I was looking for someone who would have access to a CNC setup, and, who we might just get excited enough about the lithium-Zombie project that we could get the work sponsored, so I made a call to Bob Fagliano (silent G). You’ll recall from my pt. 2 story, that I said, “Bob’s one of those guys who seems to know everybody, and as I’ve learned, he’s a guy who can get things done!” Without missing a beat, he simply said, “I’ll see what I can do.” The next day, Bob called and asked if I was available for a dinner meeting that night, as he had a guy he wanted me to meet that might be able to help us. At a nice dinner restaurant, I was introduced to Colin Murdoch, who worked at ChemWest, a plastics machining and fabrication facility based here in Portland with a branch in Austin, Texas as well. Their main customer base is the wafer fab industry, and they make pretty much anything that might be needed in the way of plastic shapes and forms. I had brought my trusty Mac laptop, and over dinner and great conversation I showed him Zombie drag videos. It was my hope that I would come away from our meeting with a commitment that ChemWest would sponsor the machining needed to build the complicated end cap pieces out of Lexan. Colin was pretty excited about what we were doing, saying he’d get back to us in a few days. When he called, we got more than we had hoped for, with ChemWest offering to not only provide all the labor and machine work, but all the high costing materials as well! It was a huge bonus to have ChemWest providing the material as I was still trying to budget dollars for everything. ChemWest in Portland was quite busy, but Colin had the Austin location ready to do the work for us. I was at the same time, excited about the generous support, and a bit concerned about not having the work done right here in Portland where I could keep an eye on things and have hands-on involvement with the work. We sent the CAD files of the module design to ChemWest, Austin, and hit the ‘go’ button!

ChemWest does plastics only, and will not cut metals with their equipment as metal contamination is a big no-no in the wafer fab industry. I know a bit about this, as in another life I worked for a company that built, sold, and serviced wafer contamination monitors, but that’s another story! Anyway, I still needed to find a machine shop that could CNC copper, as we needed to build all the conductive parts that make up the interconnects and terminals of the module design. Kokam’s engineers had also drawn the design specs for all the copper interconnects and terminals. In the pt. 2 story I wrote, “It took me a while, but I finally realized that sometimes it takes a team approach to get things done, and that’s exactly the change I made in 2009.” Once again, the team approach pulled through, when speaking with Jim Husted, he reminded me about his subleasing setup with Eric at Mountain Machining in Redmond, Oregon. I had met Eric before, and knew he was a nice guy who also happened to be a highly skilled machinist! Eric already has a commuter EV he’s put together, and he’s the guy who does all trick machining for Jim’s hotrod EV motors, so he’s already into EVs. Eric offered to be a Plasma Boy Sponsor and said he could make the hundreds of copper parts for the Zombie’s 13 modules. Did I say 13? Yes, I did! At my request, Kokam had provided enough cells so we could make a spare module, as the car’s design called for an arrangement of 12, 29.6V modules for a 355V system. Track side the 13th module will always be on hand just in case we have a module failure, but it will have a second more ‘street oriented’ role. After shaving off the pack’s initial surface charge, the 13th module can be added to the 355.2V pack to up it to 384.8V and a higher capacity 24.6 kWh over the 12 module’s 22.7 kWh capacity…can you say 130 miles range?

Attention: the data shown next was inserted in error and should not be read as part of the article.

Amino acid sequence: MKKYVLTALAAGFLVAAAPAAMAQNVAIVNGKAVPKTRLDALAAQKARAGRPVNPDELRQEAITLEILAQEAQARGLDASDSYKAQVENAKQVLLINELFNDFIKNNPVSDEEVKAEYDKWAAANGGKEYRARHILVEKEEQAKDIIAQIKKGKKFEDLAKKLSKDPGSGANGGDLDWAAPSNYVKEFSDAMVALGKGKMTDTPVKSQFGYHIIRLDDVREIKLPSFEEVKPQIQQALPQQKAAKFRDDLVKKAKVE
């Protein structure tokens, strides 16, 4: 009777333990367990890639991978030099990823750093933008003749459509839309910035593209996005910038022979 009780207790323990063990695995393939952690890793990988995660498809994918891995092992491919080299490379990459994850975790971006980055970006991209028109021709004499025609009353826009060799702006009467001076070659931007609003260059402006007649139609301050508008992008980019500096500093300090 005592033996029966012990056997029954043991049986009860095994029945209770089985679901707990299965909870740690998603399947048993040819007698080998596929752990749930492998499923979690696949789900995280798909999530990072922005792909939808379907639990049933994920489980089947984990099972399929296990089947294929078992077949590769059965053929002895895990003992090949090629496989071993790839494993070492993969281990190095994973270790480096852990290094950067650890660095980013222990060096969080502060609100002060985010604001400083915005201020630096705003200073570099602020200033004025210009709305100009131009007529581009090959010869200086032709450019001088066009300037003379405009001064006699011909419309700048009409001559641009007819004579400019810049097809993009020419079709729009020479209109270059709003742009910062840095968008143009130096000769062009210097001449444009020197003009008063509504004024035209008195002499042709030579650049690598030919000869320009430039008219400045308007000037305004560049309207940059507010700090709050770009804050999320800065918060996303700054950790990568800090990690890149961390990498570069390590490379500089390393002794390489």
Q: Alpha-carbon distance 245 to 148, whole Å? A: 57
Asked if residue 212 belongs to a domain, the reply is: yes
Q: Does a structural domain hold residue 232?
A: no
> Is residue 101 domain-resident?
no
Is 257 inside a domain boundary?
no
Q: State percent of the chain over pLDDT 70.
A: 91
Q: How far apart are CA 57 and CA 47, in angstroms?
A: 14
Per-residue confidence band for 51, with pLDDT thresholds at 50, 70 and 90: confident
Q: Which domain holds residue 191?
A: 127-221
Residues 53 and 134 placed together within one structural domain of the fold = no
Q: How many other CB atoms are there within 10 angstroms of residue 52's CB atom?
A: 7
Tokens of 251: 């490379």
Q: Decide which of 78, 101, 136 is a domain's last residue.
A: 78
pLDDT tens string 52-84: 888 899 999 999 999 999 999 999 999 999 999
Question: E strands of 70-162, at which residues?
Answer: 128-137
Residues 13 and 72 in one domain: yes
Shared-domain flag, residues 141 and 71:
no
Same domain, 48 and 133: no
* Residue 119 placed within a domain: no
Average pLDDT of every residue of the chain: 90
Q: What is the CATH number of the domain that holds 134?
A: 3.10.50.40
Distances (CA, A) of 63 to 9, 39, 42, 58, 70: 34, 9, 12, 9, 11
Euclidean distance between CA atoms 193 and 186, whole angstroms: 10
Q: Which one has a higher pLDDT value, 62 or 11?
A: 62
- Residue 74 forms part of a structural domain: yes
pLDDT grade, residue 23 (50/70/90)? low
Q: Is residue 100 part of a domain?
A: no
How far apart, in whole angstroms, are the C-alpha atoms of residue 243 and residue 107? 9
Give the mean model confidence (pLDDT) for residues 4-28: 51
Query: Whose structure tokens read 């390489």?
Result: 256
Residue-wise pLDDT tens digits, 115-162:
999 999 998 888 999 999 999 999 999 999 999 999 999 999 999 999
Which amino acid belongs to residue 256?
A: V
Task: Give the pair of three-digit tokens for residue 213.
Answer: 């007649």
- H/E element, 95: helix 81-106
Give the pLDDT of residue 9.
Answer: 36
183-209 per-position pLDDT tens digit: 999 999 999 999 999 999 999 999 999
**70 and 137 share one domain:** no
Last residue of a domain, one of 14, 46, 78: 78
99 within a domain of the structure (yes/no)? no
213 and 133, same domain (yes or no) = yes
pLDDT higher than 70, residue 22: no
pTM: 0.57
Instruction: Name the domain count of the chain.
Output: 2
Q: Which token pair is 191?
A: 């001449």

Back to the story…as luck would have it, at about the time the Austin facility had been given the green light to acquire material and create the five different Lexan pieces that would make up the module cases (2 thin side panels, 2 thick side panels, a floor panel, the complicated top end cap, and the top cover panel), they suddenly got overloaded with new work, and understandably, paying jobs got the priority – our module project was on hold until early October. This wasn’t good news if we wanted to be on the track by late October! To help us plan the copper pieces needed for the buss bar system however, Adam, the Austin guy, CNC’d the top end cap pieces first, and sent one out to me so we’d have the ability to hand fit metal to check for proper clearance before making an entire run of parts out of expensive copper. Eric came up with a good plan to make a single set of test pieces out of aluminum.